Here's What To Do If A Friend Or Family Member Is Struggling With Mental Health Issues.

I feel like this is a really difficult situation. When you witness a friend or family member going through a really difficult time, all you want is for them to be “fixed” and for them to be okay again.

Don’t get me wrong, I’m no expert, I’m not always sure how to help family members or friends of my own when they’re battling mental health, sometimes I feel so helpless and it’s the worst feeling in the world.

However, from both a sufferer and witness point of view, I thought I’d write a few things that I myself have found have worked or helped.

The truth is, when somebody is having a hard time with their mental health, they don’t want you to fix them or offer solutions, in fact they don’t expect that. They just want to know that you’re there for them, every step of the way.

I would definitely recommend researching a bit into the specific illness that they currently have. Suffering from a mental illness is draining in itself yet having to explain what it is – and most of the time it’s impossible to find the correct words to.

Research for yourself, to enable you to support them in the best way possible and for you to understand a bit better. It’ll make you more sensitive to their needs and possible triggers, although this can also vary from person to person too.

Why research? It helps a hell of a lot because mental illness can make you feel abnormal and removed from those around you because of what’s going on. It helps to know that somebody understands, even if they can’t relate.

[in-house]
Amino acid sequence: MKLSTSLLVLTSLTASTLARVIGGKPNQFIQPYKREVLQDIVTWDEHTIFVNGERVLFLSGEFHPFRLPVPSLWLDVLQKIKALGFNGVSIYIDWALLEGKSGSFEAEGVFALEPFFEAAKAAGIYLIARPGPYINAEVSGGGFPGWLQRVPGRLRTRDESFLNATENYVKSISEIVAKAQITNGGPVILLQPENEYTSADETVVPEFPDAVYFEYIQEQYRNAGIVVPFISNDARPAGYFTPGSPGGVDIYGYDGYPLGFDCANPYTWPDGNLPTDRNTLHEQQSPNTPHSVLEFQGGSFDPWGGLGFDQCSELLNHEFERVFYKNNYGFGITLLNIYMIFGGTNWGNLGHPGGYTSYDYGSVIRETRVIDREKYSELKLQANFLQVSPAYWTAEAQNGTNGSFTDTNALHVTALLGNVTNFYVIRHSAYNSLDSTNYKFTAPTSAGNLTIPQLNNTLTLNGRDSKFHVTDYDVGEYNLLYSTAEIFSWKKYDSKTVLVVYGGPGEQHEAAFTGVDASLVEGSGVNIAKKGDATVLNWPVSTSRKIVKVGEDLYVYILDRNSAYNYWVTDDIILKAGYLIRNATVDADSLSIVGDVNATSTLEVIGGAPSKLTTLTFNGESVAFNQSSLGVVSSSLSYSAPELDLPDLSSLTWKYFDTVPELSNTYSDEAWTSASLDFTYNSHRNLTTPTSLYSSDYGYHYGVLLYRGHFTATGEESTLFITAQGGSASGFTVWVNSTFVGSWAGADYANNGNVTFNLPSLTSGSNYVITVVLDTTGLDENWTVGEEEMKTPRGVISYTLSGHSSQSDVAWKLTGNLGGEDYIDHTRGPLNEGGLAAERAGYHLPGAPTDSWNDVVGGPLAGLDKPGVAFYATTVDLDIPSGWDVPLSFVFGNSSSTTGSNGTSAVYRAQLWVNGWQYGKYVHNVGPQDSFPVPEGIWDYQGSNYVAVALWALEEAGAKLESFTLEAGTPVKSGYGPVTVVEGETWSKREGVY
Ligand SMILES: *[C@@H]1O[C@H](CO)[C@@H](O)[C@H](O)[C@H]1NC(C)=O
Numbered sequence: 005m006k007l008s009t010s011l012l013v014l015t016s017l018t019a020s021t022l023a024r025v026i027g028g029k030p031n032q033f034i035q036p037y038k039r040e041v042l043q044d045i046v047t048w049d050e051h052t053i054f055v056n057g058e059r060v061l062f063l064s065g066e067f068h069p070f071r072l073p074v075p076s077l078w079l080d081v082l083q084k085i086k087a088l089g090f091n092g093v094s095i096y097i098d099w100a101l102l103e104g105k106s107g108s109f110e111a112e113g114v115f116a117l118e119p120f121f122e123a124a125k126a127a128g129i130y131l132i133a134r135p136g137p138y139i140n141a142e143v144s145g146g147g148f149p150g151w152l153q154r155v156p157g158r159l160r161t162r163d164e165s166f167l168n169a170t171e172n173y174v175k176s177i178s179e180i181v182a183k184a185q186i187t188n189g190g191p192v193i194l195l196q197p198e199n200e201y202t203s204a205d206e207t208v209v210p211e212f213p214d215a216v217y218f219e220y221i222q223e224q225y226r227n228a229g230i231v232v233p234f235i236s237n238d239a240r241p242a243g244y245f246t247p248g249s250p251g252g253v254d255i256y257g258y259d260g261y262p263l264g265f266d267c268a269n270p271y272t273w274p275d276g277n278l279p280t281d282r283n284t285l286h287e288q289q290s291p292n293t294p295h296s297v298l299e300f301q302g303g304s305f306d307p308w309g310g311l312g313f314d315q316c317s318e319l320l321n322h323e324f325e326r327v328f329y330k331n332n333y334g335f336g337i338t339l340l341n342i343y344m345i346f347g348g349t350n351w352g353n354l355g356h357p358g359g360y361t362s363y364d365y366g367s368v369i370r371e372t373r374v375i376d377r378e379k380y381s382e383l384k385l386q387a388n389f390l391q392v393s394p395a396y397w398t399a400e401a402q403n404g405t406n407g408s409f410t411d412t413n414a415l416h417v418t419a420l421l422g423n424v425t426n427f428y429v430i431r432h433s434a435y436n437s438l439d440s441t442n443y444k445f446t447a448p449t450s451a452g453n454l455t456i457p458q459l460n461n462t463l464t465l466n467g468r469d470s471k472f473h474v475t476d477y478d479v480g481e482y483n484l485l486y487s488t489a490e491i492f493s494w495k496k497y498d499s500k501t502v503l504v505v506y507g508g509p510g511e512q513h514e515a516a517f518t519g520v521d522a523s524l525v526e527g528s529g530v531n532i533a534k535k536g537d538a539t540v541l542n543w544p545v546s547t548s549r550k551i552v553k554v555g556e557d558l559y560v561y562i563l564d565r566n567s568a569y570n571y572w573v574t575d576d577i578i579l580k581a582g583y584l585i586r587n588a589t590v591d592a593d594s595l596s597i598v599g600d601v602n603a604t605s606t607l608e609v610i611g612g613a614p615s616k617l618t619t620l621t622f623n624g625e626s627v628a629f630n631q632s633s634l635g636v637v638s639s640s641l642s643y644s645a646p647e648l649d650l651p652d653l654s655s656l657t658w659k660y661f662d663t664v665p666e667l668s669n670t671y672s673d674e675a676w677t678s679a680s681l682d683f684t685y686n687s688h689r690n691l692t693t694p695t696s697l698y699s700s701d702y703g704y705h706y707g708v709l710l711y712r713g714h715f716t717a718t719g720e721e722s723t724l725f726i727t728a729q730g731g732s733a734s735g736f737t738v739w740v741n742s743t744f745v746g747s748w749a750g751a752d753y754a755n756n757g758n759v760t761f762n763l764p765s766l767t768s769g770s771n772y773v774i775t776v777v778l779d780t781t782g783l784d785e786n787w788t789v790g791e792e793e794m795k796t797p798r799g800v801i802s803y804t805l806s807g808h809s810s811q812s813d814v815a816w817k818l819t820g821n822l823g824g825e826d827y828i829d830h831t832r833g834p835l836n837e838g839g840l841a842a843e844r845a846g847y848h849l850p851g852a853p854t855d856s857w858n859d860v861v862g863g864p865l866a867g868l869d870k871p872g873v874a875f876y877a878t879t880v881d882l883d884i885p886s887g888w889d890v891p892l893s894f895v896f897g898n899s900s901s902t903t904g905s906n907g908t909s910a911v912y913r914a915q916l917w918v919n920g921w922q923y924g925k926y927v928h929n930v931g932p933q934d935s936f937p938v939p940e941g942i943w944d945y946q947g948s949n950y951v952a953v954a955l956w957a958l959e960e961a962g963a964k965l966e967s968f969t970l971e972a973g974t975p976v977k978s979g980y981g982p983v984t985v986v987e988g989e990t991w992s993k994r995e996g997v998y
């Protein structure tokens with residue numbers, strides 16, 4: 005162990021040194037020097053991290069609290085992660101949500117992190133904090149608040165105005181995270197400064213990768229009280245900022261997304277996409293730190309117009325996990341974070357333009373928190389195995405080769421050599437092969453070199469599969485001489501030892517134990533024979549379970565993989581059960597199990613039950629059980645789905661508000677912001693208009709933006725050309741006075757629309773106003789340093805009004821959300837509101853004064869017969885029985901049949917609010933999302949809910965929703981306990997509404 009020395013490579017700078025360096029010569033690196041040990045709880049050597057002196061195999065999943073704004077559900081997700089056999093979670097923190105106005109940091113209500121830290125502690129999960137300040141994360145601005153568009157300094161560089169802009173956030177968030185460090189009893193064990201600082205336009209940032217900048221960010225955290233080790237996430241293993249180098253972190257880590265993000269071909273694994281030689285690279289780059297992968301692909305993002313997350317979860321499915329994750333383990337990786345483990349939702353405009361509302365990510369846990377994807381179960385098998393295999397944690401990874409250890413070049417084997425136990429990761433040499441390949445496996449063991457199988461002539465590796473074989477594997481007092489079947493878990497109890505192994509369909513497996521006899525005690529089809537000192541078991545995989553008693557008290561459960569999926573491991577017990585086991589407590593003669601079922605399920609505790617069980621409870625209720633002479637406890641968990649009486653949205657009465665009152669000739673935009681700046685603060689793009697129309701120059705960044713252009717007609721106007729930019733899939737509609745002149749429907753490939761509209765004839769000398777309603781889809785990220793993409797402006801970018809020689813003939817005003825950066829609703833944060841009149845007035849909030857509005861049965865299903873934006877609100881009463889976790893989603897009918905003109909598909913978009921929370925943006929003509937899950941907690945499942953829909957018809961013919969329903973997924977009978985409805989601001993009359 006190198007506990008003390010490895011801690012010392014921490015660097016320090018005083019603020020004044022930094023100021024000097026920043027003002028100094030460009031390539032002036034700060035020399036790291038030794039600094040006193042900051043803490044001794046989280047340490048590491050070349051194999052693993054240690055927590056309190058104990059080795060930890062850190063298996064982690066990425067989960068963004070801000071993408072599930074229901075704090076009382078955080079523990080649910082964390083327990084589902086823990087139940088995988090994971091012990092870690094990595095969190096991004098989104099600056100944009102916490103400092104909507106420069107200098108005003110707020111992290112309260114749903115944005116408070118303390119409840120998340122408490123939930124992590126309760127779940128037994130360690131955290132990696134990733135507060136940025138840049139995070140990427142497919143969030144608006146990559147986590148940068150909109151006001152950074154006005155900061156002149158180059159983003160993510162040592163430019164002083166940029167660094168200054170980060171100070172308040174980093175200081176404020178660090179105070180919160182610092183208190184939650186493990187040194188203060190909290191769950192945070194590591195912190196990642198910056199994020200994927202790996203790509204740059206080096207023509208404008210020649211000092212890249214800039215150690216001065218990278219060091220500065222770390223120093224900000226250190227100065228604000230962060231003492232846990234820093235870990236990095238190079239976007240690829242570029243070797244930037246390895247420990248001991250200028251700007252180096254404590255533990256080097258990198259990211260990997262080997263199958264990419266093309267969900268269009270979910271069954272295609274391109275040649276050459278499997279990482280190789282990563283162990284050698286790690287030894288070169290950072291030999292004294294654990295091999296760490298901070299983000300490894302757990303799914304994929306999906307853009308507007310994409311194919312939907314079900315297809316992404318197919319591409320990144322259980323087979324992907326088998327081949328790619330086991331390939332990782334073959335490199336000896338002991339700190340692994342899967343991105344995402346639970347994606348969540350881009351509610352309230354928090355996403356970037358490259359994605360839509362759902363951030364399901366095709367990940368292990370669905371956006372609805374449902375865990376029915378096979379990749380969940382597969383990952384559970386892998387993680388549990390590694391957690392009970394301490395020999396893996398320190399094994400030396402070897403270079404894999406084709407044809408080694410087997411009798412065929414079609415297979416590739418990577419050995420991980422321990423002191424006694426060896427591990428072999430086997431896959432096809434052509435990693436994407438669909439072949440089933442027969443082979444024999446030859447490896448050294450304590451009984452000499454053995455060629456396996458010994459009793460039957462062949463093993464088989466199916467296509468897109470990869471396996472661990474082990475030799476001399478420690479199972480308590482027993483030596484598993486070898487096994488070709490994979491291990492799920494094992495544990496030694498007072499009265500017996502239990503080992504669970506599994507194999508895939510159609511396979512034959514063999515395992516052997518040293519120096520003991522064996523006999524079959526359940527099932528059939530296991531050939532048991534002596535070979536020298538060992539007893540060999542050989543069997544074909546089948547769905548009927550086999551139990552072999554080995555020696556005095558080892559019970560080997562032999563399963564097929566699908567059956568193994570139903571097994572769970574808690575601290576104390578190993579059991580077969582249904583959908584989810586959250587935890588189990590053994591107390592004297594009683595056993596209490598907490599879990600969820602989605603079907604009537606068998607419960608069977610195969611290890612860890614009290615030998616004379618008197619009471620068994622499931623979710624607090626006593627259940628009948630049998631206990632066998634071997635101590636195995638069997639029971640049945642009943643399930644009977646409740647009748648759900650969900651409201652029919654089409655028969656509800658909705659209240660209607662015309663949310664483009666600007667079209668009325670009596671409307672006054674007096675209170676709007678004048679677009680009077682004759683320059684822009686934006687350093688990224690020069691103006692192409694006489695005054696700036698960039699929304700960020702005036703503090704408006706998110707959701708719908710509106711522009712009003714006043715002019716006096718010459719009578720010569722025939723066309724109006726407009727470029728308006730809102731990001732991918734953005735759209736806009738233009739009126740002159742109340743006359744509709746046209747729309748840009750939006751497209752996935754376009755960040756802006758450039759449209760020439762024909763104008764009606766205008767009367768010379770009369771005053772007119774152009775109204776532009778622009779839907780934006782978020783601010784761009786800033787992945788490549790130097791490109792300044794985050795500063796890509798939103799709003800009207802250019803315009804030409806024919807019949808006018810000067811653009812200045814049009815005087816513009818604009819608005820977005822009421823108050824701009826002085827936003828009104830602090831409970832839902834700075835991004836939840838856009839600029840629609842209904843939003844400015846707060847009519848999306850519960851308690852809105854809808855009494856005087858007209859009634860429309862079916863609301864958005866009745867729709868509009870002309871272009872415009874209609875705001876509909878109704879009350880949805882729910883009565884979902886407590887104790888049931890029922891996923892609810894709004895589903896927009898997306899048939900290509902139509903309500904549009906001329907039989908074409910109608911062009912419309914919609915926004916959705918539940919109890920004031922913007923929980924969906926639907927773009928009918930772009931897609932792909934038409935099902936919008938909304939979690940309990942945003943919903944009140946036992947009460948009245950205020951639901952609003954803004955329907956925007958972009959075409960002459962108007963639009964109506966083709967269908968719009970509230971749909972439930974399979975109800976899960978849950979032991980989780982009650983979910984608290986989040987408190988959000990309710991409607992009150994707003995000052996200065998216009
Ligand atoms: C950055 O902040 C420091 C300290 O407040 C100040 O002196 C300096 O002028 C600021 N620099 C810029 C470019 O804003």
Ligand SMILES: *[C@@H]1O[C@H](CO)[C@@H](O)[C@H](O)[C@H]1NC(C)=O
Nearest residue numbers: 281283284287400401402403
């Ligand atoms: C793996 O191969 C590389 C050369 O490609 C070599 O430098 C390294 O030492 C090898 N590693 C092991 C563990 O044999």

Whatever you do, please don’t take their words or actions personally. If they try to push you away it’s because THEY feel like a burden on you, and that’s the mental illness talking.

They’d rather not trouble you with whatever’s going on because they don’t want to burden you. Please be stubborn and reassure them that you aren’t going to be pushed away.

Of course, remind them that they are NOT a burden and they in fact DO make a difference to your life.

Unfortunately, feelings of wanting to die can arise. It’s easy for someone in a good state of mind to turn round and say “what a ridiculous thing to do, don’t you know how much that would hurt your family and friends?”. I get it, I really do. But look at it from their point of view.

These feelings are so real to them. Although it’s not done intentionally, please be careful of making them feel bad about dark thoughts that are because of the illness.

Please understand that simple tasks can be hard for people battling a mental illness, getting up in the morning is hard enough sometimes let alone going out or even meeting up for a coffee.

Don’t put pressure on them but DO tell them how much they positively affect your life, and the good things about them. Reassure them that this isn’t forever. They will reach the light at the end of the tunnel and that you will be there every step of the way, even when you can’t do anything to help.

Support is overlooked. A lot of the time, we can’t take away people’s pain or solve their problems, but we can be there. We can offer a shoulder to cry on, an ear to vent to, or a presence to keep them company.

Take care of yourself, your friends and your family.

Always check up on them, because you sadly never know.

Ciao for now x

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Wellbeing writer, host for The Inspired Narrative podcast and mental health support worker.